My choice to follow the 50 East from Gunma Prefecture on my ‘fixie’ track bike was meant to be challenging, but it was also unexpectedly enlightening. I was energetic and optimistic for what lay ahead when I hit the road at 5:30 a.m. The sky was clear and the air had the slightest bit of May morning coolness to it. About 15 minutes into the ride, my first obstacle for the long distance ahead presented itself.
Born from the combination of my passion for biking and my need to personalize things, my bicycle has been the recipient of many modifications. The most recent was a new paint job. Two coats of flat black over the entire frame looked good enough to warrant painting the handlebars and seatpost to match. Once on the road, after only 15 minutes of riding, I realized my seat was too high but the new paint made it too difficult to lower. I loosened the seatpost tension screw and predicted that my weight would slowly lower the seat over the next few miles. It did not.
Due to my seat’s slightly high position, my pedal strokes were causing my hips to rock side to side. When riding on a thin racing seat, a little side to side motion can quickly erupt into painful chaffing. A high seat also changes the natural angle of a rider’s feet on the pedals. Those without pedal stirrups would hardly notice, but unfortunately I was wearing them. As the bike path approached a bridge staircase, I slowed down to dismount. However, I quickly realized I was hung-up in the stirrup. In a second I was gracelessly splayed on the ground with my foot still securely attached to the pedal. It was time to take a break and make some roadside modifications.
The first task was to get the seat down. I had made a mark earlier to watch for while riding so I would know when to retighten the seatpost adjustment screw. After several miles of riding, the seat still had not descended from its original position despite the tension screw being completely off. Without a mallet to finesse the seat down, I resorted to brute force. I removed my seat and the few other seatpost components, that control angular adjustment, so that only a bare pole projected from the top of my frame. Flipping the bike over and using its own weight to strike the seatpost seemed like a good option. Two strikes and the seatpost was at my target mark. With the seat back on, I turned my attention back to the stirrups.
In the fall, the steel pedal had managed to become cross-threaded within the aluminum crank. That meant there was a slight angle to the pedal that misaligned my ankle enough to notice but with no uncomfortability. I worried that over the hours ahead even a little side-stress like this could result in major riding pain or injury later. The best solution was to remove the stirrups, which is disconcerting because it eliminates the opportunity to pull-up on the pedal. After the ride was over, I actually found the stirrupless pedal to be quite comfortable. I am considering leaving them off permanently.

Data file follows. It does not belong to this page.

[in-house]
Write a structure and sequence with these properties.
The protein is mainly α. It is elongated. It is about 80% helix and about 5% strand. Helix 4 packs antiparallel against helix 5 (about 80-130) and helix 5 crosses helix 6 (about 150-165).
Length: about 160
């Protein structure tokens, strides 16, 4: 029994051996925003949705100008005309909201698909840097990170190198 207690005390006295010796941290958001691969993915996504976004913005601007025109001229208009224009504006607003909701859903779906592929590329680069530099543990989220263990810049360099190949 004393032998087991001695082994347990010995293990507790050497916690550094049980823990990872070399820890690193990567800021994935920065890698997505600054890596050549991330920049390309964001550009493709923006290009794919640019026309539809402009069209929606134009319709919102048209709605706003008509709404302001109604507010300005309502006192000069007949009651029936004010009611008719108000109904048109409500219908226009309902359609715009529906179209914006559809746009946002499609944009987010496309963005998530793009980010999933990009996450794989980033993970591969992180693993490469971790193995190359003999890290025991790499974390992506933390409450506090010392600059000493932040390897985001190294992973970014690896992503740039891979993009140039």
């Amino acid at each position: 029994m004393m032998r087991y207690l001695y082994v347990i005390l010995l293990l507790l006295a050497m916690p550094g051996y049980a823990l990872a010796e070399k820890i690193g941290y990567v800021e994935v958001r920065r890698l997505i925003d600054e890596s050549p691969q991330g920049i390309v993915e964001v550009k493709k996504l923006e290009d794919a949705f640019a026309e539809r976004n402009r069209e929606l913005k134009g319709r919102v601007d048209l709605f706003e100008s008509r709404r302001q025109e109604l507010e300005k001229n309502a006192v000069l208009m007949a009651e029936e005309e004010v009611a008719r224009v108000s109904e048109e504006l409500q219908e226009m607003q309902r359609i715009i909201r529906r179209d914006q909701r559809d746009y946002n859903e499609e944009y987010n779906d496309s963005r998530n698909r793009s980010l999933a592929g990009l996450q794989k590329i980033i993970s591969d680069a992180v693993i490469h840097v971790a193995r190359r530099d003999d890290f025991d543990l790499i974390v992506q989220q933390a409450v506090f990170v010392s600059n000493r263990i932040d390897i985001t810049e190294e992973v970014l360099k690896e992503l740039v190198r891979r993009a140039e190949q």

The full extent of the cross-thread damage was not revealed until I returned home and tried to unscrew the pedal. The results from the combination of the cross-threading from the fall and the continued stress from hours of rotating a misaligned pedal were not good. The pedal had completely seized within the crank, and my home tools proved useless to free it. at the local bicycle shop, the mechanic pulled out the biggest pedal wrench he could find and managed to free it. Unfortunately, out came the pedal and all of the threads from the crank. The store where I had this done did not sell cranks. As an expat with very limited Japanese, I have to resort to purchasing products from easily recognized stores like those at the Aeon mall, but a crank is too specialized to be carried by general retail bike shops like those. Instead, I plan to purchase a new crank on Amazon.co.jp, but I am still open to suggestions. If you have any suggestions for bicycle parts supply sources in the Ota-shi area, please leave them in the comments section below.
It has been said that wisdom is gained when the experiences one has are combined with one’s knowledge for good decisions. My aspiration to ride my fixie along the 50 from Gunma Prefecture may not have resulted in the experience I expected to have, but the lessons I learned about safer bicycling and the best way to acquire a new crank around my home in Ota made the ride well worth the fall. I think the enlightening fact here is: Don’t paint your seatpost.